In the Picture
Directed by Bart Freundlich
Once again Hollywood has done it: turned an interesting premise into a clichéd and one-dimensional disappointment. It’s amazing that an industry worth so much money has so few realistic ideas about what’s actually entertaining.
Sandy (Catherine Zeta-Jones) is 40, gorgeous, and has given up her career to support her husband and children. While watching a video of her child’s birthday party she discovers that an acquaintance was cooking up sexual favours for her husband in the kitchen while she was on stage doing karaoke (yet another reason to leave performance to the professionals) so she ups and leaves with her kids for the bright lights of the city.
She meets a 24-year-old man and here’s where it’s supposed to be a romantic comedy with a difference: older woman, younger man, hijinks ensue.
Problem being there aren’t really any hijinks.
Any relationship where there’s an age difference has the potential for both conflict and humour but the writers didn’t bother exploring that; they had kids walking in while mum’s boffing the new boyfriend and stereotypically controlling rich Jewish parents and outrageous supporting characters to provide the humour.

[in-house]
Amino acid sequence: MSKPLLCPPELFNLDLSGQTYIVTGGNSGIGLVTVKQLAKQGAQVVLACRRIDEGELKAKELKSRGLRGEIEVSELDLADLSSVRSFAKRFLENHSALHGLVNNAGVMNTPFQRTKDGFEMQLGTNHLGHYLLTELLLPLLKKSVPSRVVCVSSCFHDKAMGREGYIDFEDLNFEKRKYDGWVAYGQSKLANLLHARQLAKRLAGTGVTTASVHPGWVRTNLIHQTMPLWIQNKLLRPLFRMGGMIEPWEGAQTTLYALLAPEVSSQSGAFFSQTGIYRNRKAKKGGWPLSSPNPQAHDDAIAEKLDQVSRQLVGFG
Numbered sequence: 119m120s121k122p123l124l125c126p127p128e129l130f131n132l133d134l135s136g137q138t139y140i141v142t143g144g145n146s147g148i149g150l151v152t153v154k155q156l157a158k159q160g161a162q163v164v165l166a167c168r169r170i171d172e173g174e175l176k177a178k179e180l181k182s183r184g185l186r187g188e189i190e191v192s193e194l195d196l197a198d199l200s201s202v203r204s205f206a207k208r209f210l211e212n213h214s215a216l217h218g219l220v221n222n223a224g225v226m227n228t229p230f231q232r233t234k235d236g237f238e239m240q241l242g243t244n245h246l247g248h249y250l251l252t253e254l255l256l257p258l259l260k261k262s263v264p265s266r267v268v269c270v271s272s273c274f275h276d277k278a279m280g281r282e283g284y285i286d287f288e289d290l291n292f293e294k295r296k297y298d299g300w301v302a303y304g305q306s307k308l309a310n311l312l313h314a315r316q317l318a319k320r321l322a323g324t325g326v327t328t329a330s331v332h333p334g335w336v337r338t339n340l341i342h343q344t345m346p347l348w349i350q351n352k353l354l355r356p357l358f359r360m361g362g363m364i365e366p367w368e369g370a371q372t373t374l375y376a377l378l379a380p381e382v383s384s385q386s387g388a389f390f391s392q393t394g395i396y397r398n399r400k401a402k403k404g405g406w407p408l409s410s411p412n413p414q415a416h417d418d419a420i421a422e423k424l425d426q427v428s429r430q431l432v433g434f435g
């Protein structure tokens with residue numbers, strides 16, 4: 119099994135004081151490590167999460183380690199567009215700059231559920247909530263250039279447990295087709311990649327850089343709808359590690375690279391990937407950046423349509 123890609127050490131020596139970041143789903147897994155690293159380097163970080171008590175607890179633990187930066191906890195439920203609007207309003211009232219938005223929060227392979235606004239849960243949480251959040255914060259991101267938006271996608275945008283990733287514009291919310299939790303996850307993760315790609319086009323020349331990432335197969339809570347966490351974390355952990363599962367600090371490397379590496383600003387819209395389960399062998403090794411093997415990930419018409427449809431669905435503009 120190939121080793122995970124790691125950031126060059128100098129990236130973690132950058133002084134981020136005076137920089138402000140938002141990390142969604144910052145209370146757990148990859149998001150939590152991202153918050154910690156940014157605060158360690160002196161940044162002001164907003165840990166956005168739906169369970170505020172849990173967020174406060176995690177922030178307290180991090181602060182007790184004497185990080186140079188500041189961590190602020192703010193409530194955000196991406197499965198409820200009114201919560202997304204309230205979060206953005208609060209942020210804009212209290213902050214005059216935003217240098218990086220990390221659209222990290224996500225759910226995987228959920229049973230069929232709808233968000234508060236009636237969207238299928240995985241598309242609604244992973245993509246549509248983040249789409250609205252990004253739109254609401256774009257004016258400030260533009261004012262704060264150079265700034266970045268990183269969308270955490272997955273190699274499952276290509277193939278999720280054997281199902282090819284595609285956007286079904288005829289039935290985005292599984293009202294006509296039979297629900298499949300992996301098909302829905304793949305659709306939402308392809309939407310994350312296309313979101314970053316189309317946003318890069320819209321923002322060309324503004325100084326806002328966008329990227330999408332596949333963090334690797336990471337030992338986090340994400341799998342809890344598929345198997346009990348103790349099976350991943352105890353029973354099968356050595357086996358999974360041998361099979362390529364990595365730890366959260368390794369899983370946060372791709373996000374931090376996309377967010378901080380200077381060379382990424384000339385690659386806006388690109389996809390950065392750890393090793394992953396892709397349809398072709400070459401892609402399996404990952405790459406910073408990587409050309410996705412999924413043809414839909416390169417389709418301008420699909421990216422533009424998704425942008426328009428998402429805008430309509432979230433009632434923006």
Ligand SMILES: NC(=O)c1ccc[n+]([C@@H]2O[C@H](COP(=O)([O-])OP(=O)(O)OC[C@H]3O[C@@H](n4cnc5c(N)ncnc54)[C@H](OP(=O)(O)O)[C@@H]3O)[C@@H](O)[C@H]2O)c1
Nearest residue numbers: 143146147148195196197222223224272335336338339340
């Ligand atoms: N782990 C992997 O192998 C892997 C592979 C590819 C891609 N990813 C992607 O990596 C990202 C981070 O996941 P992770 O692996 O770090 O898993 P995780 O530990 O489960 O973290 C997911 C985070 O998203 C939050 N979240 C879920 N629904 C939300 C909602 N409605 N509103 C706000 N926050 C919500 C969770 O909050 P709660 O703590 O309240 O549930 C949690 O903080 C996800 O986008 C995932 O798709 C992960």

This sort of felt like someone was almost trying to make a feminist statement by inverting the norm: woman dates younger man and finds herself by trusting her own talent, and ends up incredibly successful.
Actually the main problem with believing this movie has nothing to do with the central relationship (it’s pretty easy to imagine a 24-year-old falling in love with a successful, hot 40-year-old even if her forehead doesn’t move because of self-injecting botulism) but with Sandy’s career. At 40 she joins a sports channel as a researcher and at 45 she becomes an on-air presenter. Anyone who’s ever watched a sports show knows there are bugger-all female commentators and less than one percent of those are over 40 and even looking like Catherine Zeta Jones wouldn’t get you that job.
The Rebound had a couple of funny moments, it’s well-presented, reasonably well-acted and there were a few scenes that were interesting.
It just left me feeling annoyed that an interesting premise of the tensions that can exist in a relationship where there’s a significant age difference was skimmed over so lightly, despite what the trailer and promos promised. The same goes for society’s different expectations of women and men and the reality of the difficulties faced by women who have had time away from their careers when they try to re-enter the workforce.
This movie wasn’t terrible; I just wanted more from it. It showed good potential with a scene where the wronged wife is able to finally vent her anger at her oppressive, cheating husband and finds her voice. Had there been more of that tension and less reliance on stereotype it would have been less bland.